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  • Writer's pictureTim Robinson

Nigeria, Wycliffe and Money

This content is over a year old now. Please, read this page keeping its age in your mind and realise that not all the links will work. I'm happy to hear from you if you find anything that is broken or dysfunctional, but I may or may not be able to do anything about it!

Sometimes it is really hard for people to get clear picture of what our lives and work will be like when we head to Nigeria. One such area is money and our responsibility to raise our own funds. We wanted to take a moment now to try and provide a little more information on that area.

How do Wycliffe members get their money and why? Wycliffe Bible Translators (the charity we work with!) require all members to raise their own support. Although this method puts more responsibility on the individuals involved (some charities raise funds centrally through campaigns and then pay their members a salary), we are firm believers that this is a good way to fund individual members. It both broadens the potential support base of the charity (providing more stability during times of financial difficulty), whilst providing a closer (more personal and therefore mutual) relationship between the supporter and the supported (which in turn helps people feel more connected with the work which is being carried out). Instead of people giving to a general appeal, they give to specific people (with faces!) and specific work.

Why can’t members just work part-time where they are? Firstly we want to be able to devote all (or at least as much as we can!) of our working time to the main task at hand, literacy work! Secondly, almost all the countries where we go to work have VERY strict rules about who can get work (i.e. paid employment) visas, and so the visas we get do not allow us to receive a salary in the countries we are working in.

How do members know how much they need? There is an amazing system in place that no matter where you happen to be working you can fill out a worksheet and get a monthly support quota. This amount of money is based on the location of the work (some parts of the world are more expensive to live in than others!), the number of people in the family (children cost money apparently…!) and the role that will be carried out.  The idea is to have a target that is suitable for you and your needs rather than plucked out of the air.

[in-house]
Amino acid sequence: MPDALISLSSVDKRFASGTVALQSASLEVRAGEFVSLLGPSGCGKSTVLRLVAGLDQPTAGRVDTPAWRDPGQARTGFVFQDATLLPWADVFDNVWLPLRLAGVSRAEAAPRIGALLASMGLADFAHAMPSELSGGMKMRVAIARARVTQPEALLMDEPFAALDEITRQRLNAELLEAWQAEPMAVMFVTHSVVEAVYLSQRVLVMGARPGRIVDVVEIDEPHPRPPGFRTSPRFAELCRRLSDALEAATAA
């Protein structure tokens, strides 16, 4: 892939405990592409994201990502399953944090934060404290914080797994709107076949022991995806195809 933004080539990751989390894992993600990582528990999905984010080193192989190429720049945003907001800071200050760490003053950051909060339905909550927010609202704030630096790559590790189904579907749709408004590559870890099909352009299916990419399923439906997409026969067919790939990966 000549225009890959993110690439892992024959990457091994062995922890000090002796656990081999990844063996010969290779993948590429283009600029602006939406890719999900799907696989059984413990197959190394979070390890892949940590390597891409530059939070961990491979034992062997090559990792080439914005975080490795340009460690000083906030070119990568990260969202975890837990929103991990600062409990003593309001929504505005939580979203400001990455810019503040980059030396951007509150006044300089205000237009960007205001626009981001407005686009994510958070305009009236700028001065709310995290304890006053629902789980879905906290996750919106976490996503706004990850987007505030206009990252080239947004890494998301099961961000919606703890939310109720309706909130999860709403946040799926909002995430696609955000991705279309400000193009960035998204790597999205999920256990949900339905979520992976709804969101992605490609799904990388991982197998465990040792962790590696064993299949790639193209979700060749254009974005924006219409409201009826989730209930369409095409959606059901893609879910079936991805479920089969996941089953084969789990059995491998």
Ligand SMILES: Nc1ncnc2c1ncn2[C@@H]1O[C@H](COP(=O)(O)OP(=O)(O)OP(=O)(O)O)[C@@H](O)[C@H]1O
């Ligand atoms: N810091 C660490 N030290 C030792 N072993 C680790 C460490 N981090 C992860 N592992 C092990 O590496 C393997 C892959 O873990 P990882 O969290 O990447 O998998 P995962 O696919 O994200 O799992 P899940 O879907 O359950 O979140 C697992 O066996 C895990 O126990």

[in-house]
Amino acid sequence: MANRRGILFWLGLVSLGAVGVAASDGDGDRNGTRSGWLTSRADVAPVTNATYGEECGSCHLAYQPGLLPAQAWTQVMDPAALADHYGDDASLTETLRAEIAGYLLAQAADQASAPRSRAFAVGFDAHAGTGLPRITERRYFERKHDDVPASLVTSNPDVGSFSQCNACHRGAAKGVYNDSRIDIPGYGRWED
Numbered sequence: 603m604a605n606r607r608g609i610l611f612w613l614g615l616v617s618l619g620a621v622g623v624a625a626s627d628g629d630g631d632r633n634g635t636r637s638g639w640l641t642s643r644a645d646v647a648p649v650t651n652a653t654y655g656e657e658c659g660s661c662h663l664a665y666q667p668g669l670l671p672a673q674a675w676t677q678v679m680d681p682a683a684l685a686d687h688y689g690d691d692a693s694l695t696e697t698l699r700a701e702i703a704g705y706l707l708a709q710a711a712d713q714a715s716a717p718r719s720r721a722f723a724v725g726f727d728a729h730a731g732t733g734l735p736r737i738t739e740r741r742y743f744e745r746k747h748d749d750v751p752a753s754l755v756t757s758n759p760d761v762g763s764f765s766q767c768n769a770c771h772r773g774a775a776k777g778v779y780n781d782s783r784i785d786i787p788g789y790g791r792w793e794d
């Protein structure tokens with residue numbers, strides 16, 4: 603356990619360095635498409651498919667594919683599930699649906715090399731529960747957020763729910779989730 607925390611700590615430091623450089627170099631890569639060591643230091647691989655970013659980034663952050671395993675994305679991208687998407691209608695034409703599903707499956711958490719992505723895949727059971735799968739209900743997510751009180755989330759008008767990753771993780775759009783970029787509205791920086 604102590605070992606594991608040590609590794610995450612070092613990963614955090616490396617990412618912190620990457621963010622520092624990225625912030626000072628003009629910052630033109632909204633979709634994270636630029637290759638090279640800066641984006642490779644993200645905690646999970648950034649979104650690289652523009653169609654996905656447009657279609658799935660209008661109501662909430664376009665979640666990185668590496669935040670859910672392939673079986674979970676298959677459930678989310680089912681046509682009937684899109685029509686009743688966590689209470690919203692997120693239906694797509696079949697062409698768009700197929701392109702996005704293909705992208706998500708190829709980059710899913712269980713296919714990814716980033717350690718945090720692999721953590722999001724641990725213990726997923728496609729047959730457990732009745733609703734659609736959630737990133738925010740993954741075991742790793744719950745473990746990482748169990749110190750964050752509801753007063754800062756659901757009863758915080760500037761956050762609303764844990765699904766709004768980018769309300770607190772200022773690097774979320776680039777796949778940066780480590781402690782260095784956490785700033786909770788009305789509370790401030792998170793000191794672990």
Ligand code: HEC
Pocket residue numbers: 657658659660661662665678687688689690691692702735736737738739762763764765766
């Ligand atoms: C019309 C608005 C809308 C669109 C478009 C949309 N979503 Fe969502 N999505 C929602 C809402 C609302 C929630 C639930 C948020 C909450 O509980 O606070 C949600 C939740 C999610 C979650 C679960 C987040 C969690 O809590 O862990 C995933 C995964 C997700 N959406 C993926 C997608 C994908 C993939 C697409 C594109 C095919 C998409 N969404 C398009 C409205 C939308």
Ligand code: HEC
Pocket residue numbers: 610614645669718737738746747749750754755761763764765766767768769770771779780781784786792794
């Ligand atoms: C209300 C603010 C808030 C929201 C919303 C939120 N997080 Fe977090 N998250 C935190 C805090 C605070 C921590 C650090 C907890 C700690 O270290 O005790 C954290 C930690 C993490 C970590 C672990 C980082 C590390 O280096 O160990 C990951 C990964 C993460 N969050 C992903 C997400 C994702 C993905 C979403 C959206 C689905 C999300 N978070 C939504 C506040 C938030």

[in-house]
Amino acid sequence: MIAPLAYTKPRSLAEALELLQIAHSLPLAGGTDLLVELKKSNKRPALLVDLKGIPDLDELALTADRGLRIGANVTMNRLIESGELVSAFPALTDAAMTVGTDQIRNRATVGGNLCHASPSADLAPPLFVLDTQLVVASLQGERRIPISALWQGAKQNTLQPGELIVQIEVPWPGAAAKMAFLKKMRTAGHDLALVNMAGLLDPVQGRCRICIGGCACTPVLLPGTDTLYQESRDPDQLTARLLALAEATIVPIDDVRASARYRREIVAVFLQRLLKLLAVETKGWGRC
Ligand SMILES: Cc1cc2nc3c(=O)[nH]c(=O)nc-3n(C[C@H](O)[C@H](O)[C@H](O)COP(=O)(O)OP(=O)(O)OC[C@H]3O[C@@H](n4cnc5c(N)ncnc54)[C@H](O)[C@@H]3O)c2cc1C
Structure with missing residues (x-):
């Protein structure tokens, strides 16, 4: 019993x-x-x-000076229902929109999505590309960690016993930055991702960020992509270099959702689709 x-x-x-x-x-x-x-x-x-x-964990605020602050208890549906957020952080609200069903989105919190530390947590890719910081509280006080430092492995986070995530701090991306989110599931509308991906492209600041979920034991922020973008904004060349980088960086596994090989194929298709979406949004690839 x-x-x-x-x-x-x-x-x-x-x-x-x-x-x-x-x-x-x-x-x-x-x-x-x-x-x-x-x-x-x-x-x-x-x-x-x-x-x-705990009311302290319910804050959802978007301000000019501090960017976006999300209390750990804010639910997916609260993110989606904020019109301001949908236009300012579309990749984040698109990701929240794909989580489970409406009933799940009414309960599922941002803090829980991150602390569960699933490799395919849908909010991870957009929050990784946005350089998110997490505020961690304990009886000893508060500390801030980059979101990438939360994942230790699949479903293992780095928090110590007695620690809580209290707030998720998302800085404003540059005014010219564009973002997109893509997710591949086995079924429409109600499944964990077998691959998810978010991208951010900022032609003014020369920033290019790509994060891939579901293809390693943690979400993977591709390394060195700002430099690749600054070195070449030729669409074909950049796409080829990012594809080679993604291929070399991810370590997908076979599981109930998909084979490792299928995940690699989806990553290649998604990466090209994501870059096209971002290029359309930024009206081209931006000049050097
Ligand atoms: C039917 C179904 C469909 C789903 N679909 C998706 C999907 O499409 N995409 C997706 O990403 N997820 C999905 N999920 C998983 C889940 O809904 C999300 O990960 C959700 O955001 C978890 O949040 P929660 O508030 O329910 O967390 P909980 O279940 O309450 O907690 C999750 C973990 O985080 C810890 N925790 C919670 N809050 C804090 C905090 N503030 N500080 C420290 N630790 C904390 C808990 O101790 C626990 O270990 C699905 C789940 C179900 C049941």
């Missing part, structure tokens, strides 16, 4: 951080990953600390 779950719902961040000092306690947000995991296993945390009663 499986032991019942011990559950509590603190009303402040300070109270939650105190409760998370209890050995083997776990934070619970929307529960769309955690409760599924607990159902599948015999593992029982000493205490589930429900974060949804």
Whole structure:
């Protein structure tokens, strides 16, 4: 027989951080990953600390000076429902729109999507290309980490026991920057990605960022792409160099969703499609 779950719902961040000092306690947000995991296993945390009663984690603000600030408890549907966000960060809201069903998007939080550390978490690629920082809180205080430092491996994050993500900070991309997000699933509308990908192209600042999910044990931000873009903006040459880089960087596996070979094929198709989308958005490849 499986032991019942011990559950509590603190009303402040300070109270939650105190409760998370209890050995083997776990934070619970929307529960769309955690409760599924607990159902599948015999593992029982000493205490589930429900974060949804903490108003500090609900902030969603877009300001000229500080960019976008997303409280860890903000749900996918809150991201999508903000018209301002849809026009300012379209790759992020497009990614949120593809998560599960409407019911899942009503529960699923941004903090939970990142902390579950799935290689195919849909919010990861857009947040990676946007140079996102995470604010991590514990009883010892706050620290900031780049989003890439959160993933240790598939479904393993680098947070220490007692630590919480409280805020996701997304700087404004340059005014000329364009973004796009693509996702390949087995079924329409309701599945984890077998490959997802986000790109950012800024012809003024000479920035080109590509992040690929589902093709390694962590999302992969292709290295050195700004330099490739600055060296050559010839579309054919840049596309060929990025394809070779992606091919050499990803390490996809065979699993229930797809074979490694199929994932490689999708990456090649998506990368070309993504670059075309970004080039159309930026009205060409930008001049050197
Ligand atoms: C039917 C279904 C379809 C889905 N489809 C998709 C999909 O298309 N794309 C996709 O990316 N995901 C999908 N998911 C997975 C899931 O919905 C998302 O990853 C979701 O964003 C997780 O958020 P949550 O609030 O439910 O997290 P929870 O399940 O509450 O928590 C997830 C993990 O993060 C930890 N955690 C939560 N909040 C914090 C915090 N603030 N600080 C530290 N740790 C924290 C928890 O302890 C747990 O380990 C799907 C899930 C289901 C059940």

What is this money for? In short, this monthly support quota should make sure each member (or family unit) has enough money to live and work in their location, i.e. it should cover ALL their costs. If you try and think of all your living and work costs, that is what this amount should cover. As a few examples, however, the different types of costs this money covers are: flights to the country, house rent, utility bills, food, work costs (travel, computer equipment etc), communication costs, education costs, Wycliffe administration costs, health insurance, tax, pension contribution, you name it, it should be covered by the quota.

Why do members need to raise more money from time to time? If the persons circumstances change (they move location, they get married, they have children) a new quota is calculated and they must increase (or decrease!) their support. Members often raise their support through friends, family, churches or other local groups committing to give an amount each month. Obviously from time to time people have to stop their support due to personal/financial circumstances and so this money needs to be raised from somewhere else too.  In our case, moving to Nigeria will mean loosing Ali’s teaching salary.

I hope this helps give a slightly better picture of  the hows and whys of the Wycliffe system.  There is more explanation on this page on this Wycliffe Web Site.  As you may already know we are currently in the position of needing to raise more money even before we head out to Nigeria.

If you want to help us out, please be praying for God’s timely provision, as I am sure you know God’s timing doesn’t always match ours! If you wish to give, the best place to start is on the Wycliffe Web site.

Thank you the Wisbeys for writing the original post that I have stolen most of.

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